MANSFIELD -- One of the next steps in the "Mansfield Rising" plan is the development of a community branding effort, according to Jodie Perry, president & CEO of Richland Area Chamber & Economic Development.
The branding effort is one of four "next steps" in the plan that Perry outlined on Monday at the Richland County Republican Party's monthly luncheon at the Dan Lew Exchange.
She said proposals were requested from companies around the country, as well as Ohio. She said 10 proposals were submitted and interviews will be completed with four finalists.
Perry said local officials hope to unveil the campaign in a little less than a year.
"A big piece of the brand, it has to be authentic to who we are and a paid consultant will help us get there faster. (The branding) is what we will all use when trying to drive further economic development, tourism development, all of us here can use it," she said.
Perry, who outlined how the "Mansfield Rising" plan developed from locals attending the South by Southwest Interactive Festival in Austin in 2018, said another priority for the effort is public art.
"I am sure all of you can think of some place you have been that has public art. Cities are now engaging in that, bringing life into their city centers, and it's driving tourism and additional economic development," Perry said.
"We are looking at how we can do this with public art in Mansfield, Ohio, and throughout the rest of the county."
Perry also discussed the need for improving the Main Street "streetscape," which she said hasn't really been improved for 40 years.
"It has probably reached the end of its useful life. It's the front door to our community. We want it to look beautiful, shiny and new and be reflective of this amazing community. That will be a longer-term project, probably spread over several years," she said.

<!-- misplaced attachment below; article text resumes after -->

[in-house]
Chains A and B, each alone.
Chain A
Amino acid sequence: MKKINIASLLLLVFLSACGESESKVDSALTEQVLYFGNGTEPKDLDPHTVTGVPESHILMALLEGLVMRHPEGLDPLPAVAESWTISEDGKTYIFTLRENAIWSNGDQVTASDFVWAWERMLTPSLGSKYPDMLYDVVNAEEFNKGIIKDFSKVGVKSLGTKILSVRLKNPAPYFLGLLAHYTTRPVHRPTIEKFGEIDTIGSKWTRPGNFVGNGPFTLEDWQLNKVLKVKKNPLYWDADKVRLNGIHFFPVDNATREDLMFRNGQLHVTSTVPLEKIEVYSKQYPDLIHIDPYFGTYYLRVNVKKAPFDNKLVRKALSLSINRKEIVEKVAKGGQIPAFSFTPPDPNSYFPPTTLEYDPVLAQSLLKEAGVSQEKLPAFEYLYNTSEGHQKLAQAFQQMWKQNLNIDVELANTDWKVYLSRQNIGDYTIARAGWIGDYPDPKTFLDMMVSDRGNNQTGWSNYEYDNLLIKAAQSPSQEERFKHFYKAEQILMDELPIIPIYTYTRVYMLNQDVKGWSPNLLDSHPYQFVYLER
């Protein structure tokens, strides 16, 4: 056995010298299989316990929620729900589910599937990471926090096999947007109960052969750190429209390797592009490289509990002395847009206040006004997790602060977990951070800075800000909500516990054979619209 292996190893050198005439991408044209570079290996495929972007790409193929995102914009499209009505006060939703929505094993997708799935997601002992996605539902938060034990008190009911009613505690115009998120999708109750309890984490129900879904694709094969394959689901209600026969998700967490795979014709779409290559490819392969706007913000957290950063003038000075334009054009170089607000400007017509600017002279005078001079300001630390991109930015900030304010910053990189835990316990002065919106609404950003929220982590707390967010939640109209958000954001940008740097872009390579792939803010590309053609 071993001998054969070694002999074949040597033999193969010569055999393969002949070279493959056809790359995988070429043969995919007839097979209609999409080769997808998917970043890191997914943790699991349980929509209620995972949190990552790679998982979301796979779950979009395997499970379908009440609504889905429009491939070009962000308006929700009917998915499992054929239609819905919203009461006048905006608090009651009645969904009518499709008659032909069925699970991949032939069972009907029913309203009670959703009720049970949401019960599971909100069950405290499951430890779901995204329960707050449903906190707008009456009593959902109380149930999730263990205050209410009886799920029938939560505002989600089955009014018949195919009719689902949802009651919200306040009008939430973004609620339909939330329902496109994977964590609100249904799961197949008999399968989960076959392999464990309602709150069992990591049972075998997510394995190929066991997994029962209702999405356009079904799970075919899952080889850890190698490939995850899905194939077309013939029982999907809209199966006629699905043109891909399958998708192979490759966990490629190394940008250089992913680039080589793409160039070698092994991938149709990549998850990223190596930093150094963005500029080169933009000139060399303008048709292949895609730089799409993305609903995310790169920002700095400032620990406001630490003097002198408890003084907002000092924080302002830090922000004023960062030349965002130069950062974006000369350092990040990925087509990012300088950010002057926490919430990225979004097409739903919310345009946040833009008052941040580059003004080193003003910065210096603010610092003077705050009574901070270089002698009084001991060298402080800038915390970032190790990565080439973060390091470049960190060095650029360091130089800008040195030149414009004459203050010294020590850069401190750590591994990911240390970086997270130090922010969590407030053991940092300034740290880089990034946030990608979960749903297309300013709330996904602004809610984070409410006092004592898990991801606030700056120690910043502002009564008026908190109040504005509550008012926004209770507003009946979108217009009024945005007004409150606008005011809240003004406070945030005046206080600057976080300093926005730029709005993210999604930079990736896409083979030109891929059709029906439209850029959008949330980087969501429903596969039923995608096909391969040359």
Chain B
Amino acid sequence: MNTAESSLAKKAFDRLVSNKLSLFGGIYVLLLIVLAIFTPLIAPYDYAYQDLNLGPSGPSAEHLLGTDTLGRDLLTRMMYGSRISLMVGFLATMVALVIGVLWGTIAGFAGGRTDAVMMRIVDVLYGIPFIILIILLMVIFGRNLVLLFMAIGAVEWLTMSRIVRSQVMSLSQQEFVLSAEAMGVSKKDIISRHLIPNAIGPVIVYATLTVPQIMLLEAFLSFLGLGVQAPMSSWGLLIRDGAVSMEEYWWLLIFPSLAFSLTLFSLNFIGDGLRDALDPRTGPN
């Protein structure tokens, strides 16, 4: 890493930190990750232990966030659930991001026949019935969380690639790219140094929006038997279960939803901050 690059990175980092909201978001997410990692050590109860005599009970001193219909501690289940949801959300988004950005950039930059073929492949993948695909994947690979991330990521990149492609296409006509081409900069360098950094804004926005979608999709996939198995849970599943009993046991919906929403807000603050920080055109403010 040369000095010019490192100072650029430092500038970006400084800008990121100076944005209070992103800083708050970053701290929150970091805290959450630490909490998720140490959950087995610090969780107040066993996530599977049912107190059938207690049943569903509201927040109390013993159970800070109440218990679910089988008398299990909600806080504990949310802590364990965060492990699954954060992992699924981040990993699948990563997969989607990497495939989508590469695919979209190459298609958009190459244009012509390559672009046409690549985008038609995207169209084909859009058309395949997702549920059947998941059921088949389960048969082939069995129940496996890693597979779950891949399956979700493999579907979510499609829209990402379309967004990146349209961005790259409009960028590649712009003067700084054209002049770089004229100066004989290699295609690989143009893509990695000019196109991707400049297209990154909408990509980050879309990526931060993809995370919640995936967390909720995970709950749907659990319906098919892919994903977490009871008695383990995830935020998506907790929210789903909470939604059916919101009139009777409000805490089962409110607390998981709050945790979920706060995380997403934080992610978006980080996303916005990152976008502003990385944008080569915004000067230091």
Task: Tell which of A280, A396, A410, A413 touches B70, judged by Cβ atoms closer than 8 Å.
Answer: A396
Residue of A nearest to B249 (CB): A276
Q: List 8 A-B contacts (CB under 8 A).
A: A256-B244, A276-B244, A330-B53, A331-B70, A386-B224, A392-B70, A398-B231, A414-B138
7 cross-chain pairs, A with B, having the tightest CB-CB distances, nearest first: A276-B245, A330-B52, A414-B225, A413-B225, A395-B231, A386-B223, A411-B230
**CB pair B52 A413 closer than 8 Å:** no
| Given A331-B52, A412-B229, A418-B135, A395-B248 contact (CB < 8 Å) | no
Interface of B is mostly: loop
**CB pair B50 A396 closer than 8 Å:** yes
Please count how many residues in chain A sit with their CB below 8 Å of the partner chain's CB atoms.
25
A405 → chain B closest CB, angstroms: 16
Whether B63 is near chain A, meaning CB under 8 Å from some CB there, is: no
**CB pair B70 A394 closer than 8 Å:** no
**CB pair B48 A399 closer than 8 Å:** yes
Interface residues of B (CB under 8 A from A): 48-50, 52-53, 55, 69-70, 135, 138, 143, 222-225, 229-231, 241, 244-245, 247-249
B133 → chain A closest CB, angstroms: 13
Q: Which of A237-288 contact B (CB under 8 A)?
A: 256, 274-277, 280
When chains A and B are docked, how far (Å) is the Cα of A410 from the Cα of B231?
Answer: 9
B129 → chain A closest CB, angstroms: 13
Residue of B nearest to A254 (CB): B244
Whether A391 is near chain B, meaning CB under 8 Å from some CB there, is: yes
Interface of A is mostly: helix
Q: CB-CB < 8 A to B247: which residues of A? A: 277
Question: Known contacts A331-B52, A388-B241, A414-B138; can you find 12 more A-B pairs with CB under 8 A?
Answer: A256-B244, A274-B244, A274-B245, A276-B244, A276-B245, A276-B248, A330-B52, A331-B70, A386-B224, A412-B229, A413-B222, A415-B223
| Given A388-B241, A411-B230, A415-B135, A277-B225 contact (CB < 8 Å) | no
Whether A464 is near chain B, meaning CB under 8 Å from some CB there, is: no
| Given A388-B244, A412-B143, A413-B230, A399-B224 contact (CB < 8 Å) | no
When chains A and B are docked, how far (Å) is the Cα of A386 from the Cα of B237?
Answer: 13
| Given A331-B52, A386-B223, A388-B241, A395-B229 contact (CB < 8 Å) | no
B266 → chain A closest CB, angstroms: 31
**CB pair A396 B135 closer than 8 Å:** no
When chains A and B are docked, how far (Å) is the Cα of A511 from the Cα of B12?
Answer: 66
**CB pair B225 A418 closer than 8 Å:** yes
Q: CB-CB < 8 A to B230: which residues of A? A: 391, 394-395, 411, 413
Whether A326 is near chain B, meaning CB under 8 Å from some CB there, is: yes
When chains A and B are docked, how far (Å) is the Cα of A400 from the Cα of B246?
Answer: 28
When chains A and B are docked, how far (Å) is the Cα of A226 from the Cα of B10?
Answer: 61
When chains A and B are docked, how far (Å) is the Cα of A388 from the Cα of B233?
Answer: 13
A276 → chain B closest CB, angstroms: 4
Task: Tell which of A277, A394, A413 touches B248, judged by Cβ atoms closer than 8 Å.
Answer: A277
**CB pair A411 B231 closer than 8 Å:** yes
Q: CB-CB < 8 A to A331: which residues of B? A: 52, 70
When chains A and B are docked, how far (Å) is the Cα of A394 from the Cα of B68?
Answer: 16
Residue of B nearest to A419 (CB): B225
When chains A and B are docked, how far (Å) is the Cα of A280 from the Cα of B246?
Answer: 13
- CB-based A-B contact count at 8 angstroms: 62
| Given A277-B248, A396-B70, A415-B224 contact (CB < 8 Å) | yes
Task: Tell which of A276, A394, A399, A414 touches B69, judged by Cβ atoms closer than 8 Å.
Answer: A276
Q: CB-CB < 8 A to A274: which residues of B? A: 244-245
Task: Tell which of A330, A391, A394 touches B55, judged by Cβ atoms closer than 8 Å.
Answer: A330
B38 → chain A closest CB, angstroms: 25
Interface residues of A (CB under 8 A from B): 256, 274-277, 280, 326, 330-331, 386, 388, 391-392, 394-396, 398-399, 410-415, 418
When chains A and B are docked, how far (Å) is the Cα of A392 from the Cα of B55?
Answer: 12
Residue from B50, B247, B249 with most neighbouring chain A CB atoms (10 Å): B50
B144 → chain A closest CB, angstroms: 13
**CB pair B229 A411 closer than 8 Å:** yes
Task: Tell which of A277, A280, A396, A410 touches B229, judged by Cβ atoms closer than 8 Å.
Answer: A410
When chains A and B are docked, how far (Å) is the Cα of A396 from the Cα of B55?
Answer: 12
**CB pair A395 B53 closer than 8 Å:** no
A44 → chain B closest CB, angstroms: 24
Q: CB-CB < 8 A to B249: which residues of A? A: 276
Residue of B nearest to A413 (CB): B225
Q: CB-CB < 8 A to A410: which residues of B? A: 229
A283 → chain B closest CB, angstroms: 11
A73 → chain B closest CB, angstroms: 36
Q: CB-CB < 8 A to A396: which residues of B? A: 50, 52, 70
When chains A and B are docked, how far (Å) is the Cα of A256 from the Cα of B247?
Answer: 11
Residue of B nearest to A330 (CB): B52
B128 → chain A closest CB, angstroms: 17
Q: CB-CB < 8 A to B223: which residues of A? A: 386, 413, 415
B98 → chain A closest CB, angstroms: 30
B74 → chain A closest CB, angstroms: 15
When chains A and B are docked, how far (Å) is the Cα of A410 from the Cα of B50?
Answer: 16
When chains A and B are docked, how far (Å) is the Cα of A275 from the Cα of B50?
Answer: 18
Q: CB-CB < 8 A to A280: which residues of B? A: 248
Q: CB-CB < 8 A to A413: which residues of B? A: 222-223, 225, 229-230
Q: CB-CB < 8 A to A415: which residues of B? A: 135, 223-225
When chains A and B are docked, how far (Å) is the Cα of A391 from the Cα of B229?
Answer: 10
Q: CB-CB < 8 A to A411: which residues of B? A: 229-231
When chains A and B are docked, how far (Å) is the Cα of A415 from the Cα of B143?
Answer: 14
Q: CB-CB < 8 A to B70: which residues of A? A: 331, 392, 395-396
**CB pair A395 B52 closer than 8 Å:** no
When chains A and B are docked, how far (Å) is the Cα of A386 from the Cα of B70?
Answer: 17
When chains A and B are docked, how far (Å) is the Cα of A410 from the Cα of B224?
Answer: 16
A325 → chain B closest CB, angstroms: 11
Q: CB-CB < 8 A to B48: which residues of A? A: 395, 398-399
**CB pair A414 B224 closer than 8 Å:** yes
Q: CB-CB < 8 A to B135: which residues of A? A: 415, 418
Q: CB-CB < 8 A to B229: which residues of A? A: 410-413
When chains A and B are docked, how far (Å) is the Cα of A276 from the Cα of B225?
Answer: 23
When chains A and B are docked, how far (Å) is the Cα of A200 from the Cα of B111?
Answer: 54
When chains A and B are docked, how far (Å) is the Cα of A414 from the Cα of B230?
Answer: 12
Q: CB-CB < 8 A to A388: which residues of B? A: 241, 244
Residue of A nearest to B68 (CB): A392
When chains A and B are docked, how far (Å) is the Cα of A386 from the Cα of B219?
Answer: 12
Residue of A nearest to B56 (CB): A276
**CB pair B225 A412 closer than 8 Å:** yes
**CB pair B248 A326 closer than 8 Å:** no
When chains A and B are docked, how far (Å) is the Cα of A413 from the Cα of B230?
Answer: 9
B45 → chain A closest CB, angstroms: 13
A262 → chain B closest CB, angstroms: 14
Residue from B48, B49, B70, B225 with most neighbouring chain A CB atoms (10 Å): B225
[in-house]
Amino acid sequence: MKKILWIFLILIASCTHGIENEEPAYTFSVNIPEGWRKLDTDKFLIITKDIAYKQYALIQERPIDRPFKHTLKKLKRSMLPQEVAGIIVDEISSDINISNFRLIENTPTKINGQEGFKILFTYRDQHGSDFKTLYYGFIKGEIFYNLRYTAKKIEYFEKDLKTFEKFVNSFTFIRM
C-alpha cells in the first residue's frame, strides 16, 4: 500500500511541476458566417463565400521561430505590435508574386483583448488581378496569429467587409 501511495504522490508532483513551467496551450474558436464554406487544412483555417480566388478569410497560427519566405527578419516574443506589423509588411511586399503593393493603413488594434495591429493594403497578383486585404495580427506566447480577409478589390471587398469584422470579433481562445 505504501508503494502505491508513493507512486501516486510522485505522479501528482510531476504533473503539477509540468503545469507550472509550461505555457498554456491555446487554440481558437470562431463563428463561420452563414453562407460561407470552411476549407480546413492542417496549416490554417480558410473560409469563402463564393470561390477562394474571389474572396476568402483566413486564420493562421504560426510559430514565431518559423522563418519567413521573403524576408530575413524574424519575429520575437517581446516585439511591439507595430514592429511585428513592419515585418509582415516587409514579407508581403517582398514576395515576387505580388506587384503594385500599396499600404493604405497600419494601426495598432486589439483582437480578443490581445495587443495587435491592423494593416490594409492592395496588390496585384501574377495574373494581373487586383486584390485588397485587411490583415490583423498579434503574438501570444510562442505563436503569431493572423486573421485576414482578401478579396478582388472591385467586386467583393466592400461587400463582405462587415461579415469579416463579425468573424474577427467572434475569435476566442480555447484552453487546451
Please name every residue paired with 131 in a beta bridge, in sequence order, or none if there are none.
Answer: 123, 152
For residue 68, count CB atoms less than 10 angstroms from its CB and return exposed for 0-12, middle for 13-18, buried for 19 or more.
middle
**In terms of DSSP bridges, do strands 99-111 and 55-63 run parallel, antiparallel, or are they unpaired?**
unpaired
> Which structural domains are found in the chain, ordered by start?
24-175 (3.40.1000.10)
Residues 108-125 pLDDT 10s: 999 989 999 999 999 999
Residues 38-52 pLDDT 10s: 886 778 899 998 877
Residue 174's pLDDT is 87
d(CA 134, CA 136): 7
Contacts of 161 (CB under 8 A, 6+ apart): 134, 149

The fourth priority area Perry identified is downtown living, citing a few new apartments "coming online" in the next few months.
"In order for the downtown to go to the next level, we need more people here all the time," she said, citing interest from young professionals and also empty-nesters.
"We see a strong interest in people wanting to live downtown," Perry said, talking about increasing downtown amenities, including a market, restaurants, shops, boutiques, and the Mansfield Richland County Public library, among other assets.
Perry also mentioned successes already seen from the "Mansfield Rising" plan, including the conversion of Mulberry Street to two-way traffic downtown and also the permanent, mid-block crosswalk on Fourth Street between Main and Diamond streets.
Also on Monday, Ontario Local Schools Supt. Lisa Carmichael spoke in favor of a 6.9-mill, five-year tax levy the district has on the Nov. 5 ballot.
The nine-year superintendent said it's been 13 years since the district last approved an operating levy. The issue would generate $1,935,000 annually, costing the owner of a $100,000 home about $20 per month for the first two years.
Carmichael said the district in 2022 will pay off a bond issue approved by voters in 1998. When that cost comes off the rolls, the operating levy will cost the same $100,000 homeowner about $7 per month for the final three years of the levy.
Carmichael, who said Ontario spends less per student than all but 11 districts in Ohio, said if the levy fails in November, it would likely be put on the ballot again in March 2020. A second failure would result in significant cuts in the district's educational programs and other services.
"This is not a spending issue. This is a revenue issue," she said.
Before the remarks from Perry and Carmichael, Richland County Commissioner Marilyn John, chair of the local Republican Party, recognized local GOP candidates, including Mansfield Mayor Tim Theaker, President of Council candidate Cliff Mears, councilman at-large candidate David Falquette, 2nd Ward candidate Jason Crundwell, 4th Ward (write-in) candidate Gerald Strouth and 6th Ward candidate Stephanie Zader.